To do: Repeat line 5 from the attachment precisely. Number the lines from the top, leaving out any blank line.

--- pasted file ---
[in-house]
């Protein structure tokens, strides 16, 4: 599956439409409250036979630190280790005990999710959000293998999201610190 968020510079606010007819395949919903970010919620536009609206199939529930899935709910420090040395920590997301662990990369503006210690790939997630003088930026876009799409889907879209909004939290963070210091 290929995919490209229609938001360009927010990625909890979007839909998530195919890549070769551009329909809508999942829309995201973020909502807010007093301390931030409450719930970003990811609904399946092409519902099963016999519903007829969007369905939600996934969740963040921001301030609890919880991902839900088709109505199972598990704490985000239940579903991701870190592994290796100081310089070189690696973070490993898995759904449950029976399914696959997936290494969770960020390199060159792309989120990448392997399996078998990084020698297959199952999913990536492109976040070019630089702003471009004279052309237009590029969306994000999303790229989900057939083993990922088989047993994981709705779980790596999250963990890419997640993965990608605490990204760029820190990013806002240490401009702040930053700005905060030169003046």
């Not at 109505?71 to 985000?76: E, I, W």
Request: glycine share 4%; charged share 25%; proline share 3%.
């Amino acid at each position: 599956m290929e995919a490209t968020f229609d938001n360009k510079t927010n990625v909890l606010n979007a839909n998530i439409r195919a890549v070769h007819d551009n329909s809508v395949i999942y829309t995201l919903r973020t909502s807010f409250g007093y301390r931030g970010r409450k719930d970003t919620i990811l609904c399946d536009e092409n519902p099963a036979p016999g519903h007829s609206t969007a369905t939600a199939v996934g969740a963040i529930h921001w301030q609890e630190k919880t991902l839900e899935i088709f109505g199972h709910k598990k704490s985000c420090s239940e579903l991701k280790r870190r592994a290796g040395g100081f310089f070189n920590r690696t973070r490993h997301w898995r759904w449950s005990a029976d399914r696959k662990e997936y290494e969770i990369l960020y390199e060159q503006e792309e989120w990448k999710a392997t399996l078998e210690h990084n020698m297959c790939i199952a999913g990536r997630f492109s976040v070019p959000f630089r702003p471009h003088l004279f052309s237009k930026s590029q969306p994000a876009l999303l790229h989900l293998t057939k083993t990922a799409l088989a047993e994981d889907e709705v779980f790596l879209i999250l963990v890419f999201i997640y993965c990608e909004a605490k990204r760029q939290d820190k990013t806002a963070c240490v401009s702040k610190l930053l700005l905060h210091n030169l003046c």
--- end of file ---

């Amino acid at each position: 599956m290929e995919a490209t968020f229609d938001n360009k510079t927010n990625v909890l606010n979007a839909n998530i439409r195919a890549v070769h007819d551009n329909s809508v395949i999942y829309t995201l919903r973020t909502s807010f409250g007093y301390r931030g970010r409450k719930d970003t919620i990811l609904c399946d536009e092409n519902p099963a036979p016999g519903h007829s609206t969007a369905t939600a199939v996934g969740a963040i529930h921001w301030q609890e630190k919880t991902l839900e899935i088709f109505g199972h709910k598990k704490s985000c420090s239940e579903l991701k280790r870190r592994a290796g040395g100081f310089f070189n920590r690696t973070r490993h997301w898995r759904w449950s005990a029976d399914r696959k662990e997936y290494e969770i990369l960020y390199e060159q503006e792309e989120w990448k999710a392997t399996l078998e210690h990084n020698m297959c790939i199952a999913g990536r997630f492109s976040v070019p959000f630089r702003p471009h003088l004279f052309s237009k930026s590029q969306p994000a876009l999303l790229h989900l293998t057939k083993t990922a799409l088989a047993e994981d889907e709705v779980f790596l879209i999250l963990v890419f999201i997640y993965c990608e909004a605490k990204r760029q939290d820190k990013t806002a963070c240490v401009s702040k610190l930053l700005l905060h210091n030169l003046c």